How This Gut-Protective Bacteria Can Help Prevent And Treat Chronic Disease - Transcript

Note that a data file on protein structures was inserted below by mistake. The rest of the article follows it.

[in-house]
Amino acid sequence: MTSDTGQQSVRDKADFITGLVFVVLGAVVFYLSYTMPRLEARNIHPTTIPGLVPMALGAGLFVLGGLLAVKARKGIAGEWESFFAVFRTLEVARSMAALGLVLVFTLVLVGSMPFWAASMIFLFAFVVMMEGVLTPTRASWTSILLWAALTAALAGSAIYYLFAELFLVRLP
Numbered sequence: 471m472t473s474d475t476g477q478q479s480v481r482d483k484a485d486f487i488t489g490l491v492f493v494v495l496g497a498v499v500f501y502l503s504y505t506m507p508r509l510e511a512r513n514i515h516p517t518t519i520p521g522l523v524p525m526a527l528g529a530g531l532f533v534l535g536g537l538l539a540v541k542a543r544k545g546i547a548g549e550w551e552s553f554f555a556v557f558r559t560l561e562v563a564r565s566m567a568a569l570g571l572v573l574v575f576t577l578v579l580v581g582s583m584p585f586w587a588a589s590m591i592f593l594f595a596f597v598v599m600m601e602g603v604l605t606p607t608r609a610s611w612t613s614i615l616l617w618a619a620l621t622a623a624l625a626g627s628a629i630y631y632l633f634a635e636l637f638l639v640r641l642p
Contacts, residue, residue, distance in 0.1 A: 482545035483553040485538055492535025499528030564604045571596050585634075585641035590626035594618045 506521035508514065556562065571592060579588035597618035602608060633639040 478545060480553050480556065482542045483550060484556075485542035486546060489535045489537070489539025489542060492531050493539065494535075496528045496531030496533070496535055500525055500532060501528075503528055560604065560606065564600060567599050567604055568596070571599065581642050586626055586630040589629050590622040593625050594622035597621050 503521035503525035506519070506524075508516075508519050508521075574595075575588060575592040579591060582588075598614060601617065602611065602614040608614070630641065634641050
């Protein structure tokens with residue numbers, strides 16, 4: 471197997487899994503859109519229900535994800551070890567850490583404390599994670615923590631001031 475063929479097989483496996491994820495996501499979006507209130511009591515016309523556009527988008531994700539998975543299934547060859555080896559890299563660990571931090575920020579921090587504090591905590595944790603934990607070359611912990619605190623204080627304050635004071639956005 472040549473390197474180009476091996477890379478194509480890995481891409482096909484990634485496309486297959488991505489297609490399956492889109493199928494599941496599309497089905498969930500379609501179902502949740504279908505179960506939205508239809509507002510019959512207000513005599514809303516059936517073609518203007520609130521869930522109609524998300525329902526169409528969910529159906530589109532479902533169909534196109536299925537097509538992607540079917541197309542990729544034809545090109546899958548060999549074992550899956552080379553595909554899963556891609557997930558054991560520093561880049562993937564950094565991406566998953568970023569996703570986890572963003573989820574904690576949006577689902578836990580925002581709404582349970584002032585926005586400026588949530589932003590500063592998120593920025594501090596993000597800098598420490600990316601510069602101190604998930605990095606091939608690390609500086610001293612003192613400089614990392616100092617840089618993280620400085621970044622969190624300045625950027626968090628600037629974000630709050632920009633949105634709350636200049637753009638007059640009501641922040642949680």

Narrator: Coming up on this episode of the Doctor's Farmacy. Dr. Mark Hyman: If you have good levels of it, it's a link to weight loss, to improve insulin sensitivity, to lower inflammation, to better metabolic health, to less autoimmune disease, better cholesterol, and so forth. Welcome to Doctor's Farmacy, I'm Dr. Mark Hyman. That's pharmacy with an F. And today we're going to talk about something really important, which is your gut, again, because it's probably the most important thing you need to figure out to create a healthy life and to avoid so many of the chronic diseases that we suffer from. And today, the form of this podcast is in a health bite, little bits of health information that can help you optimize your health in small ways that make big changes over time. So let's dive in and talk about our gut. And we're going to talk about something really important today that you may not have heard about, which is a very special bacteria, that is the keystone bacteria in your gut that protects you from so many diseases, from inflammatory diseases like autoimmune disease, from cancer, from things like diabetes, obesity, metabolic health issues, cholesterol problems. I mean, it's quite amazing how the gut microbiome is connected to everything. And this particular bacteria is one of the most essential, and it's only been recently understood to be so important. And it's actually really important to know how to take care of this bacteria, how to grow this bacteria in your gut, and how to take extra of this bacteria if you do have certain problems. So your gut is important. We have maybe a hundred trillion cells in our gut, estimates between 10 and a hundred trillion. That's more than cells than we have in our human body. We have a hundred times as much bacteria than DNA, as our own DNA. And it regulates everything from basic stuff like just helping digest our food and creating vitamins to regulating our immune system, our brain function, and even our metabolism and weight. And they're essential for our long-term health. In fact, one of the hallmarks of aging is degradation in our microbiome. So I wrote about this in my book, Young Forever, but the idea is that the gut microbiome has to be taken care of. If you have a garden or if you have flowers or something, you have to know how to take care of them. And we have a whole garden inside of us that we've basically neglected. So we've had some real trouble with our microbiome over the last century because of the advent of antibiotics, the increasing over hygienic way we live and not exposure to microbes when we grow up and evolve and have to deal with them. And so many of us have really depleted microbiomes. We're born by C-section. We take too many antibiotics, we take steroids, hormones, anti-inflammatory drugs, acid blockers, the list goes on, environmental toxins. All these destroy our gut microbiome. So I personally have had an experience with this, actually twice. Once when I had mercury poisoning and my gut biome got canned from the mercury, and I developed problems with digestion, leaky gut, inflammation, and on and on. The next time was quite a bit later, not that long ago in 2017 when I ended up getting a really serious gut problem and it taught me a lot more than I already knew. And I thought I knew a lot as a functional medicine doctor. Most of my career has been focused on helping people optimize their gut function, but when my gut went ka-fluey, I had to rethink everything. And so what happened was I had a bad root canal and I had it taken out and it was infected. So I took an antibiotic according to the dentist recommendations, which I thought was okay. I mean, I don't really take antibiotics that often, but he was an integrative dentist so I thought if he's telling me it probably is a good idea. And it was a particular bacteria killing antibiotic that also does a lot of damage. It's called clindamycin, and it increases the risk of something called C. diff colitis or C. difficile, which kills 30,000 people a year. It's a very terrible gut infection. It's hard to treat. And that's what happened. And I also had mold in my house at the time, so my immune system was working overtime, and I had a horseback accident, broke my arm, and basically everything fell apart, ended up having a full-blown colitis after C. Diff. I ended up in the hospital, in and out. I was going to bathroom 20 times a day, bloody diarrhea, bloating, mucus, nausea, vomiting. I lost 25 pounds, which is a lot for me because I'm already pretty skinny. I couldn't really eat that much and I was in bed for most of the time. So I figured my brain wasn't working, I was doing my best, but I really started to dig in and say, what am I not learning? What am I not thinking about? How do I have to reimagine my own approach to my health? So I started to do some more investigation. I did stool testing, which I do in a lot of my patients. And I found that while the C. diff resolved, I still had this full-blown colitis and my gut microbiome was the worst. And trust me, I've seen probably, I don't know, 50,000 of these tests over my career or maybe more. I've seen more poop tests than probably anybody on the planet, and mine was one of the worst I'd ever seen. And one of the things that was really interesting was a very, very low level, actually non-existent level of a very important bacteria. The one I mentioned at the beginning. It's called akkermansia muciniphila, and it's a very special bacteria that is a mucus producing bacteria. That's why I call it muciniphila because of mucus, and it counts for about one to 5% of our entire microbiome. It's supposed to, but I had none. And I needed to do a full gut reboot and get out the bad guys, put in the good guys. So when I finally saw what the root was, was this sort of disturbance in this keystone species that was causing me to have an ongoing leaky gut, I really started to work on building my akkermansia levels up, and I'll explain how we did that in a minute. And I think I started digging into the research and I was just shocked at how much research there is on this particular bacteria and how it's so important across a whole spectrum of diseases and why if you have good levels of it, it's linked to weight loss, to improve insulin sensitivity, to lower inflammation, to better metabolic health, to less autoimmune disease, better cholesterol and so forth. So we're going to take a deep dive into akkermansia, hang in there because it's worth that, I promise. What role does it play in chronic disease prevention and what can you do personally to up your levels of akkermansia and keep your inner garden healthy? So how does it work? Well, akkermansia muciniphila feeds on mucin, which is this glycoprotein, basically a sugar protein that regulates the thickness of our gut's intestinal mucus layer. Now, the mucus layer is basically preventing you from having a leaky gut. Now, just imagine what's in your gut. There's all this bacteria, there's all this poop, there's all this food you put in there every day, all these foreign molecules, and your gut has to be a filter. Think of it like a coffee filter. It lets the right things in, but keeps the rest of the stuff out. So what happens is when that coffee filter gets holes in it, you get coffee grinds in your coffee. Well, that's not good. And those coffee grinds in your body are like the little proteins from bacteria, lipopolysaccharide toxins and food antigens that actually get absorbed into your bloodstream through the cells and in between the cells that actually cause inflammation and activate your immune system. Now, 60 to 70% of your immune system is in your gut. So that's because that's where you come into contact with the outside world and so it's the first line of defense. And when that lining is broken down, it leads to a whole host of chronic illnesses. Pretty much everything you can imagine, including mental health issues, autoimmune diseases, allergies, asthma, depression, as I mentioned, Alzheimer's, cancer, diabetes, heart disease, and the list goes on. So it's really, really important. Now, the akkermansia produces something called acetate and propionate and other short chain fatty acids, and they feed the other gut bacteria to make a really important short chain fat, which is butyrate. Now, butyrate is a really key source of energy for the intestinal cells and for the epithelial cells. So you basically are using the akkermansia to feed the gut lining and keep it in integrity 'cause it needs a lot of energy to keep the cells together. They're stuck together like Legos and when those junctions are like... They're called tight junctions, but those junctions are held together on an energy dependent basis. And when you are not having enough energy in your gut from the butyrate, 'cause your body runs on glucose or it can run on fat, but the intestinal cells run on short chain fatty acids or butyrate, that's like the fuel. And when those tight junctions come apart, that's when the food and bacterial proteins leak in and it creates a huge problem. So when you have short chain fatty acids at the right level, and we measure short chain fatty acids, we don't just measure bacteria. So when I do a stool test, it's not just measuring the microbiome and there's a lot of microbiome tests out there, but they don't test the full spectrum of things you want to look at, which is not just what's the microbiome, but what are the byproducts of the microbiome? How are those being produced at the levels that you need to actually create health? And one of the byproducts is actually the short chain fats. So these short chain fatty acids help strengthen the tight junctions. This is little glue that holds our cells together. It's only one cell thick. So imagine you're one cell thick layer away from a sewer all the time, and if that cell layer breaks down, you're screwed. So you want to let the good stuff in and keep the bad stuff out. And the bad stuff is food allergens, endotoxins, poop, fecal matter, food particles. And the good stuff is all the vitamins, minerals, macronutrients, amino acids, sugars, fatty acids that you need to absorb to run your body. All the phytochemicals, all that stuff is good. You want that in, but you want to keep the bad stuff out. Now, when the bad stuff's sort of getting through, you get this thing called increased intestinal permeability or leaky gut. Now, people used to laugh at me, specifically doctors when I used to talk about leaky gut 20 or 30 years ago. Now if you Google it or go on PubMed, the National Library of Medicine, there's thousands and thousands of articles, and now there's even the word dysbiosis in the medical literature. So I think we've come a long way, but this leaking gut phenomena is at the root cause of so many chronic diseases, and it creates the immune system to go haywire to create an inflammation, both in things that we are familiar with, like allergies and asthma, autoimmune diseases, but also things that are maybe surprising. Like most of the chronic diseases that we see associated with aging, heart disease, diabetes, cancer, dementia, they're all inflammatory diseases. It's not just autoimmune diseases or asthma or allergies that are connected to inflammation. It's all the chronic diseases have this chronic, silent, hidden inflammation. And so that's what your gut does, is it protects you against this hidden inflammation. And when your gut's leaky, you end up creating more of this systemic inflammation. So we're learning lots more about akkermansia every day. The research is exploding, but reading the research, talking with my colleagues, working with patients, I've consistently seen that higher akkermansia levels are linked to better metabolic health, better gut function, better immune health. And understanding akkermansia, identifying deficiencies, fertilizing the akkermansia, taking akkermansia probiotics can be really critical in treating chronic disease and increasing your levels in your gut using the power of food. And this can really be powerful. So I think getting a healthy microbiome is really important in order for you to have a healthy weight, to have a healthy immune system and to live a long, healthy life. So let's get into the specifics. What role does akkermansia play in chronic disease prevention? Well, it's very effective in chronic disease prevention and even treatment because the short chain fatty acid metabolites that akkermansia produces feeds the intestinal cells, strengthens the gut barrier. It prevents these unwanted materials like food antigens and bacterial toxins from passing through your gut and activating and pissing off your immune system. And as a result, you get lower levels of inflammation in your body and a better balance of your immune system. Now, what are the things that we know are connected to an activated immune system? Obesity. And most people think, oh wait, you mean obese or overweight? Is that an inflammatory condition? But it absolutely is. If you're overweight, you're inflamed. Why did COVID kill more people with obesity and metabolic issues like diabetes? Because those people are pre-inflamed. So when something like COVID hits, it's like putting a match on gasoline and boom, your immune system goes crazy and you end up with a cytokine storm. And that's really what killed so many people from COVID. But we're in trouble because 75% of Americans are overweight, 42% are obese, and 93% are metabolically unhealthy, which means they have some degree, even if they're not overweight, between 75 and 93, there's about a 20 point spread. Those 20% of people are not necessarily overweight, but they're under lean and over fat, and so they look skinny, but they are fat inside and they're metabolically like someone who's diabetic or over or obese, even though they're thin. And that person is also pre-inflamed. So when you look at obesity, it's just killing us for so many reasons, but when we eat processed food, which is what drives us to gain weight, ultra processed food, refined carbs, sugars, and so forth, it doesn't do a good job on our gut bug. It basically destroys our microbiome. Even for example, food additives like emulsifier, sticker nerves, [inaudible 00:13:43] and [inaudible 00:13:44] gums and other things, they actually are damaging to the gut lining and they cause a leaky gut. So one study, for example, found that obese adults who had higher akkermansia levels had healthier metabolic status and better clinical outcomes like blood sugar, body fat distribution, insulin sensitivity after six weeks of calorie restriction than those with lower akkermansia levels. So in other words, if you had high akkermansia levels, your metabolic health got better as you tried to lose weight. Also, it had a better effect on lowering things you wouldn't even think. How does taking something that increases akkermansia also lower cholesterol and improve weight loss and lower tissue inflammation and help insulin resistance? So basically it's pretty impressive. So you basically get this powerful change in your metabolic health of cholesterol, blood sugar, weight, insulin sensitivity simply by having higher levels of akkermansia. What about type 2 diabetes? Well, it has a great effect on blood sugar. Another study found that type 2 diabetics who had a hard time keeping their A1C under control despite being on diabetes medication, had far less akkermansia than diabetics who were responding to medications. And it was interesting is actually metformin, which is one of the diabetes drugs that is now being looked at for longevity, some of it's anti-diabetic action could be the upregulation of certain intestinal cells, the goblet cells that thicken the mucosal layer in the gut and promote a healthy barrier and provide this anti-inflammatory effect like akkermansia. So one of the ways that metformin may work is by actually helping the microbiome, which is very fascinating. Metabolic health, just in terms of metabolic syndrome, which is pre-diabetes. So we've got obesity, diabetes, and pre-diabetes. And that metabolic syndrome is basically what 93% of Americans are suffering from to some degree or another, some level of insulin resistance, obesity, cholesterol issues, high blood pressure, these all increase your risk of heart disease, diabetes, and stroke. Even if you don't get diabetes, even if you don't have a full-blown diabetes, this is still highly dangerous for you. There was actually an interventional study, which is in other words, not just saying, oh, did people have akkermansia or not? But actually they gave akkermansia supplements to obese, overweight adults with insulin resistance for three months, and they saw improvements in insulin sensitivity, fasting insulin levels, total cholesterol. It also helped them drop body weight, drop fat mass, get their hips to get smaller, so hips circumference strength, your liver got better and other inflammatory markers got better. So that's pretty impressive when you think about it. I mean, taking a probiotic helps you lose weight, but actually it does. In fact, they've done studies where they've taken poop, basically done fecal transplants from people who are thin and healthy into people who are diabetic and their diabetes gets better, which is crazy, just by doing a poop transplant. That doesn't sound as much fun as taking a probiotic. And so this is a very safe and effective treatment. It can help you predict against cardiometabolic diseases and heart disease and so forth. What about your brain? Your brain also is really important when it comes to your overall health and your gut plays a big role in your brain health. If you see the data on Alzheimer's, for example, we see low levels of akkermansia in those people. Is it a coincidence? I don't know. I don't think so because now we're calling Alzheimer's type 3 diabetes. It's insulin resistance in the brain for many people. And you see inflammation, you see insulin resistance. You see you got dysbiosis in people with Alzheimer's. And in mouse studies, they found the lower your akkermansia was, the higher your amyloid beta plaques are, which is what's characteristic of Alzheimer's disease. That's a sign of inflammation in the brain. So lower bacteria that are healthy, worse brain health. I think it's important to think about how you take care of your gut to also take care of your brain. What about cancer? Well, cancer is another one that's kind of interesting. It shows when you look at certain immunotherapies, like the checkpoint inhibitors that have been used that are really a new advance in cancer, they don't work uniformly across all patients. And it's unclear why some patients don't respond dramatically and when their cancer will be cured in weeks, others just don't respond. And it turns out that akkermansia might be part of the answer. When they looked at lung and kidney cancer patients, those who had an abundance of akkermansia responded really well to immunotherapy than people who had taken antibiotics, for example, in the past. What they also did to double check their studies, the researchers transplanted the stool of patients with lots of akkermansia to antibiotic treated mice and found that the effectiveness of immunotherapy and treatment and positive outcomes was just as good. In other words, when they took mice with low akkermansia and they took a fecal transplant with akkermansia and put it in those mice, they actually did better and responded better to the cancer therapies. There's a friend of mine, William Lee, who's been on the podcast whose mother had uterine cancer. She wasn't responding to immunotherapy. Dr. Lee knew about akkermansia and he did a stool test, found she had low akkermansia and gave her all the foods that helped to grow. You can fertilize akkermansia with the right foods. And she ended up doing that, built her akkermansia up, and then responded to the immunotherapy and was completely cured from stage four uterine cancer. That's a pretty dramatic story, and I think there are many, many cases like that where we actually treat the gut to treat the cancer. What about irritable bowel? Well, yeah, inflammatory bowel for sure. These are all diseases of inflammation in the gut. And when you look at this phenomenon we call gut dysbiosis or imbalances in the microbiome, the ecosystem in the gut, it's pretty much involved in the development of almost every chronic disease. But people with inflammatory bowel disease, like me, I had it. Now I don't have anything. I'm fine, perfect, by the way. I think most people with inflammatory bowel disease or autoimmune disease typically are told that this is a lifetime condition that we can manage it, but you might need to be on medication your whole life. I think it's just a whole fallacy. I can't tell you how many people with ulcerative colitis I've helped who were about to get their entire colon removed. That's one of the treatments for colitis when nothing else works. When they've taken all the drugs and nothing else works, they're told they have to get their entire colon removed and have a bag or basically have their stomach connected to their small intestine. And it creates a really miserable life for people. I mean, it saves their life, but it's still pretty miserable. And what I've done over and over again is people who are about to have these treatments and surgeries, I use a functional medicine approach, build up their gut microbiome, get rid of the things that are bothering their gut, do a whole gut reset, which we've talked about on the podcast called the 5R program and these people get better. And one was a young woman who was 32 years old, she was referred to me by someone who was a friend of the Cleveland Clinic. And she was kind of skeptical, but she didn't really want to have her colon removed, so she was willing to try what I said. And after I reset her gut and six weeks later we had our follow-up call and she said, "Well, I'm all better. I really didn't believe what you were telling me, but I tried it and now my symptoms are all gone and I'm off of medications and I feel great." And I just checked on her after three or four years and she's still doing great. So I think we really need to rethink our whole approach. Anyway, getting back to inflammatory bowel disease, I think people with these diseases have some of the worst microbiomes on the planet, including the one I had. And so the question is, can we use akkermansia as part of the treatment? Well, one study they administered fecal transplants from healthy donors to people with irritable bowel, and they found an increased diversity of bacteria species and a lower level of abdominal pain and bloating, the more akkermansia they had. So the higher the akkermansia, the less irritable bowel symptoms. Another study looked at how we could protect ourselves against ulcerative colitis by using akkermansia. So researchers found that when they had mice models or mouse models of colitis, they found improvement in weight loss and improvement in the barrier function, so less intestinal permeability and leaky gut, fewer inflammatory molecules than in the group that was a controlled group. So really important stuff. This is a really important bacteria. This is just one of many, many bacteria, obviously, but it's at what we call a keystone species. So it's critical to measure, to understand and to treat if you have a problem. So one of the best ways to increase your akkermansia is to feed it the right stuff. And it loves polyphenols, it loves certain plant foods, but just generally having more prebiotics and probiotic foods in your diet and particularly polyphenols are really important. So polyphenols, what are those? Those are these phytochemicals and plants and akkermansia loves, for example, something called ellagic acid, which is prevalent in berries and nuts. It also love catechins from green tea, tannins from green tea, but what are the foods that naturally increase? This is what I did personally. There wasn't an akkermansia probiotic, which there is now in the market from Pendulum Therapeutics, but I actually couldn't get it because didn't exist at the time when I had this. It was very hard to grow. And by the way, we've had folks talking about akkermansia on Instagram lives, but it also increases GABA. Secretion of the akkermansia bacteria produces a metabolite called GABA, which is like a natural Valium, so it has a lot of benefits. But when I had to fix my akkermansia, I made sure I use things like pomegranate cranberries, green tea, also other berries like raspberries, blackberries, berries, apples, walnuts, pecans, grapes. All these things can help to fuel the growth of the akkermansia, it's like feeding them the food they like. So you have to culture them literally and you can do that. Until really recently, like I said, there's been no probiotics out there that you can buy and take, but now there is one, and it's called Pendulum Therapeutics. And they have straight akkermansia. They have ones with the other combinations of things, glucose control one, and it's now available in capsule or powder form. And it's just incredible way to support your health, and I take it regularly. So encourage people to learn about their gut, to fix their gut, to understand how to not do the bad things for your gut and do the good things for your gut and actually help your akkermansia grow. We all have to learn how to tend to our inner garden, and hopefully this has been a helpful health bite for you because it saved my life knowing about this one. Be sure to share this podcast with your friends and family on social media. Leave a comment, have you helped your own gut? Have you heard about akkermansia? Have you used it? What has been your experience? And we'll see you next time on the Doctor's Farmacy. Narrator: Hi everyone. I hope you enjoyed this week's episode. Just a reminder that this podcast is for educational purposes only. This podcast is not a substitute for professional care by a doctor or other qualified medical professional. This podcast is provided on the understanding that it does not constitute medical or other professional advice or services. If you're looking for help in your journey, seek out a qualified medical practitioner. If you're looking for a functional medicine practitioner, you can visit and search their Find a Practitioner database. It's important that you have someone in your corner who's trained, who's a licensed healthcare practitioner, and can help you make changes, especially when it comes to your health.